NEW YORK — Trying to wring some laughs out of the cancellation of a reality TV awards show, MSNBC's Keith Olbermann tries some mock honors on his nightly newscast.

Up pops a picture of Anderson Cooper. The former host of ABC's "The Mole" wins for "making the most of your 15 minutes of fame," Olbermann says.

"I wonder what he's doing these days?" he adds.

Pretty much the same thing as Keith. With their irreverent, one-hour cable news programs, Olbermann and CNN's Cooper are their networks' best hopes for reaching young viewers, although they have distinctly different ways of going after them.

Different senses of humor, too. Cooper's face scrunches up as if he's tasted a lemon when Olbermann's joke is recounted to him later.

Olbermann, the former ESPN "Sportscenter" anchorman, more obviously plays for laughs on his "Countdown" show. Cooper plays it straighter, but, well, when's the last time the White Stripes' music played when Larry King was cutting to a commercial?

"I have never once said to myself, or been in a meeting where people said, 'Let's do something to get young people to watch,' " said Cooper, whose newscast airs at 5 p.m. MST weeknights.

"If you start thinking about stuff based on what you think an amorphous group of young people want, it's a recipe for disaster," he said. "You have to go with what your gut is."

On sometimes stodgy CNN, the 36-year-old Cooper stands out — and not simply because of his striking looks, highlighted by prematurely gray hair.

If he doesn't consider himself a conduit to youth, CNN certainly does. It purposely asked that a Democratic presidential debate the network telecast last month be focused on issues of concern to young people, and installed Cooper as the moderator. During a recent forum for advertisers in New York, King turned to Cooper for insight on "what young people think" so many times it became comical.

Cooper came to CNN with an audience that grew up on him. His television career started as an international correspondent for Channel One, the newscast beamed into high schools.

His work in war-torn countries like Rwanda, Bosnia, Somalia and Burma drew the notice of ABC News, which hired him as a reporter. Cooper's experience at ABC's overnight news program — doing first-person stories like riding a public bus in Manhattan at 3 a.m. — also gave him a nose for offbeat ideas that he carried to CNN.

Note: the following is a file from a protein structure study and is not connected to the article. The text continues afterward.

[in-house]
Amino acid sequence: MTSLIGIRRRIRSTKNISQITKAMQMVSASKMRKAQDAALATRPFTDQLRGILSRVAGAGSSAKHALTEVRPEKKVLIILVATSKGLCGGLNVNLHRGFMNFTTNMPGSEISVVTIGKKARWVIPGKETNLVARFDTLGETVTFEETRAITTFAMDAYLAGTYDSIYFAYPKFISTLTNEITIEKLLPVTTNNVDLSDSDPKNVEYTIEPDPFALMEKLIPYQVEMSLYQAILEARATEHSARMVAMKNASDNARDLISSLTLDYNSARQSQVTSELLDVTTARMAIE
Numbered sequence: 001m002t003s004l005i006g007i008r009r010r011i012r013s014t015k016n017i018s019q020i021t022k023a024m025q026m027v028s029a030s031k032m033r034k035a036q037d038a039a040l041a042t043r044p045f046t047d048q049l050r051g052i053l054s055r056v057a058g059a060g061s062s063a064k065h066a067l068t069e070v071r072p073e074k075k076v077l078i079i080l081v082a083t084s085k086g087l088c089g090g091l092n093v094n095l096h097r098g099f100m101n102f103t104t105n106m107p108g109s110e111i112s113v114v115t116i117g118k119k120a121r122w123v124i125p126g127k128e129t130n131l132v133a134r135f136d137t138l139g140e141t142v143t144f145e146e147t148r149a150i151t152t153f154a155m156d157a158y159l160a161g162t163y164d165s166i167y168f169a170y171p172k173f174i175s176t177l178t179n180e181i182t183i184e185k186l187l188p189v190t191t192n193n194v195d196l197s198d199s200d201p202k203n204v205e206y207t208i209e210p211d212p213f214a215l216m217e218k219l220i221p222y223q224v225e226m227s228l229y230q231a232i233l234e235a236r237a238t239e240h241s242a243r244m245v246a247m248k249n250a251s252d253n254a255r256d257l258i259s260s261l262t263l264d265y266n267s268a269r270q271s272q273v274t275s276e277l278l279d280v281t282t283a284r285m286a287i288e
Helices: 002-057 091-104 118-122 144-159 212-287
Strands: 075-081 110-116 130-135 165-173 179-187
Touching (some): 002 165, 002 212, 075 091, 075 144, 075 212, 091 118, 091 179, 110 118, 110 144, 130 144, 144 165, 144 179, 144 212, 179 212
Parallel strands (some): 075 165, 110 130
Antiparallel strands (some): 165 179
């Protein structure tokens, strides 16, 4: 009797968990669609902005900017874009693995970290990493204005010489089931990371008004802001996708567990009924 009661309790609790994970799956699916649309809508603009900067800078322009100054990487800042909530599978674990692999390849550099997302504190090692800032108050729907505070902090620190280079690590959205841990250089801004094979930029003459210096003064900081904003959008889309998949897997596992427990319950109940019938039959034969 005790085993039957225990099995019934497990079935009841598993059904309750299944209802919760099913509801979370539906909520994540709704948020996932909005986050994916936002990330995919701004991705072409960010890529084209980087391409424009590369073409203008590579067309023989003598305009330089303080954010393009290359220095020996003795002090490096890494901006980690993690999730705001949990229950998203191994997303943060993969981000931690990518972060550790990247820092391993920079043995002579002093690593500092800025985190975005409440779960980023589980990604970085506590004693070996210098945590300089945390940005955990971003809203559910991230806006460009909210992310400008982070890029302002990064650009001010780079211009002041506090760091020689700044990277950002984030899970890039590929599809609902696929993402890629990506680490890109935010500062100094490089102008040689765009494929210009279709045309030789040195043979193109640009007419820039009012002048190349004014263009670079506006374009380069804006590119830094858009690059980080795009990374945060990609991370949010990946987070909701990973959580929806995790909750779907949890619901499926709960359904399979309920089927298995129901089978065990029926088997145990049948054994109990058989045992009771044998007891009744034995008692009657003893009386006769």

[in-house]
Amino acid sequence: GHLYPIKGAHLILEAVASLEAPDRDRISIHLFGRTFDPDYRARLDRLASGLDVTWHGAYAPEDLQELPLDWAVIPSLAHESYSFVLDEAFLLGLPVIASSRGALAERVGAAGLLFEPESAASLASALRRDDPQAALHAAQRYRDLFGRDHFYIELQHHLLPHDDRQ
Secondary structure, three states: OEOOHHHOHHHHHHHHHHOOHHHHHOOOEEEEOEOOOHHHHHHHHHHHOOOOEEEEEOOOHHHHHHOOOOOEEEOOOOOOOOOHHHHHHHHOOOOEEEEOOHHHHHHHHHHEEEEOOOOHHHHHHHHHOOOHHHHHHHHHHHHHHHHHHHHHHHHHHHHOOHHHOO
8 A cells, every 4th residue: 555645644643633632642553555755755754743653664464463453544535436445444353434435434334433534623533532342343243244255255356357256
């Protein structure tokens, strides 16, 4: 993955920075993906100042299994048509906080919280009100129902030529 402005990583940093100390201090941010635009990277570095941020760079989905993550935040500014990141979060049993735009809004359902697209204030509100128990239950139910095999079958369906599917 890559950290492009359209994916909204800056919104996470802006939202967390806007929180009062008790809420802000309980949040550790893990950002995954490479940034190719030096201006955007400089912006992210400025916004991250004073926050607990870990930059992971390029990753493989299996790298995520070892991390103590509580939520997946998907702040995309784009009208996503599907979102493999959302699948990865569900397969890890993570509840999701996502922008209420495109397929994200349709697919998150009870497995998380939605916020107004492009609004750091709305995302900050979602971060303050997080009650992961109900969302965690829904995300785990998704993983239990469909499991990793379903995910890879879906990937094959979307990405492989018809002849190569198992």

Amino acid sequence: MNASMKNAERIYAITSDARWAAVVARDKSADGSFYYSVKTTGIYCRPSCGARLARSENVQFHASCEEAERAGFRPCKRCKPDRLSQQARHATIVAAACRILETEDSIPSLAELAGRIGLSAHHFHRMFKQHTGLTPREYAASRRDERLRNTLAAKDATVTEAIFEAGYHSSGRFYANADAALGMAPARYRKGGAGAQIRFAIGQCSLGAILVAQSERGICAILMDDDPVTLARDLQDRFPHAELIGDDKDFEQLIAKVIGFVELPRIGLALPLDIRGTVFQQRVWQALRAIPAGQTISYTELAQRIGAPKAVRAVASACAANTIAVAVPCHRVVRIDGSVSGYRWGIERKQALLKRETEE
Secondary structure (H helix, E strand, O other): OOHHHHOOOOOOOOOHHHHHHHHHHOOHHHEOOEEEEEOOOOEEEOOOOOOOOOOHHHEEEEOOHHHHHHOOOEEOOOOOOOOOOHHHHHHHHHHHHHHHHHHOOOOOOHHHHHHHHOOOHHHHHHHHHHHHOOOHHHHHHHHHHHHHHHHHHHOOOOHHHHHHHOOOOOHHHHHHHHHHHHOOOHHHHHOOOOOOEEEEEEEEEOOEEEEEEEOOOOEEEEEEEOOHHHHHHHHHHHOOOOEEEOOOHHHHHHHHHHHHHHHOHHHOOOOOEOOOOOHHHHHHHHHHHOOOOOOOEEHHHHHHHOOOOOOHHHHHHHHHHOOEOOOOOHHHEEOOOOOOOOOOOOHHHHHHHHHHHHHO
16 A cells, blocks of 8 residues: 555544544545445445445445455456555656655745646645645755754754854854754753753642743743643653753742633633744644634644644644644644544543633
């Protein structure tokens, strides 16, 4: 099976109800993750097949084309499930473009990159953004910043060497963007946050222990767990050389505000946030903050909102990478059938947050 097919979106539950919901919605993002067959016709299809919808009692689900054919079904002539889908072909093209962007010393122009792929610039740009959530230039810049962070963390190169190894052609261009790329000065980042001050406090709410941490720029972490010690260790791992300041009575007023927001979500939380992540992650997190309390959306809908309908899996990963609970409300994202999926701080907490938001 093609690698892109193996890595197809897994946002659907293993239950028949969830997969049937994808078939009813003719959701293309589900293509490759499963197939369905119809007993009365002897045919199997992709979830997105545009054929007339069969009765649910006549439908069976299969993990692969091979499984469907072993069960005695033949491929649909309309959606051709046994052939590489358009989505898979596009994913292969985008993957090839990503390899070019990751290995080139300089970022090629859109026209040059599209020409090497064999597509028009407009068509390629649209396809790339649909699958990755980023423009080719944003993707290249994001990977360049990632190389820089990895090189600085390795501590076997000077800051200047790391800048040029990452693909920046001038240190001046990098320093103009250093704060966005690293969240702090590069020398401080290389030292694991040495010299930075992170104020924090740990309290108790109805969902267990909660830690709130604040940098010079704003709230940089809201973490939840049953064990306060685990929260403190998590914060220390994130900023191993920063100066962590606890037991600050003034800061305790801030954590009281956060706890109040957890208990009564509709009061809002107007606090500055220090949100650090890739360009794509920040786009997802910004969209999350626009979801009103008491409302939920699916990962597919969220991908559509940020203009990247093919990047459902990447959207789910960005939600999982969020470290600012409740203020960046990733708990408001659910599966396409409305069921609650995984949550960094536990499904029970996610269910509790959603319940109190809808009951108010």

He covers the big stories of the day yet has also done weeklong series on sleeplessness and infidelity. The rock band R.E.M. premiered a new video on his show.

Cooper believes it isn't a sign of softness to tell stories about popular culture in a traditional newscast.

"You can't stand there in a suit and a tie and pontificate," he said. "I don't think people buy that anymore. . . . The news is serious, but you don't have to take yourself too seriously."

Cooper's "360" hasn't made many inroads in the ratings. Neither has Olbermann's "Countdown"; both are routinely crushed by popular Fox News Channel programs with Shepard Smith and Bill O'Reilly.

Yet Olbermann is quick to parse his numbers to show he has a younger audience than most news programs.

"It does indicate that what we're doing is sufficiently fast-paced and sufficiently sarcastic to compete as a television program, which is the way that people under age 40 watch television," he said.

The peripatetic Olbermann has jumped jobs so frequently that it's hard to keep track. It's his second shot at the 6 p.m. time slot on MSNBC. He left disgusted the first time after being forced to do show after show about Monica Lewinsky.

"Countdown" is a clever format that permits editorial leeway. It ends, rather than begins, with the day's biggest story.

The device also, Olbermann believes, will prevent a repeat of his first MSNBC experience of endless concentration on one story (although that belief would be sorely tested with a Michael Jackson child molestation trial).

Finally, "Countdown" is — and this is brilliant — the boss' idea. NBC News President Neal Shapiro suggested it, Olbermann said. So if the ratings indicate it isn't working, who's to blame?

The Olbermann news philosophy is to tell people a story they don't know in some original way, giving them information and maybe a laugh.

"Without humor, a sports fan is a religious fanatic," he said. "Without humor, a newscast is a terrible, depressing, unpalatable thing, and it also makes for depressing television."

A perfect example of the Olbermann style was when he interviewed several men named David Nelson for a story on how airport security personnel were singling them out for screening. Their names were so common that they were judged suspicious. It was funny, yet a telling sign of the times.

Olbermann calls "Countdown" the best show he's ever done. He's lasted eight months so far, a notable achievement for both him and notoriously trigger-happy MSNBC. "There was a certain 'movie of the week' quality to the time slot since I left," he said.

Since Olbermann is already signed up for a key role in NBC's Olympics coverage next year, MSNBC is almost compelled to give "Countdown" time to find an audience.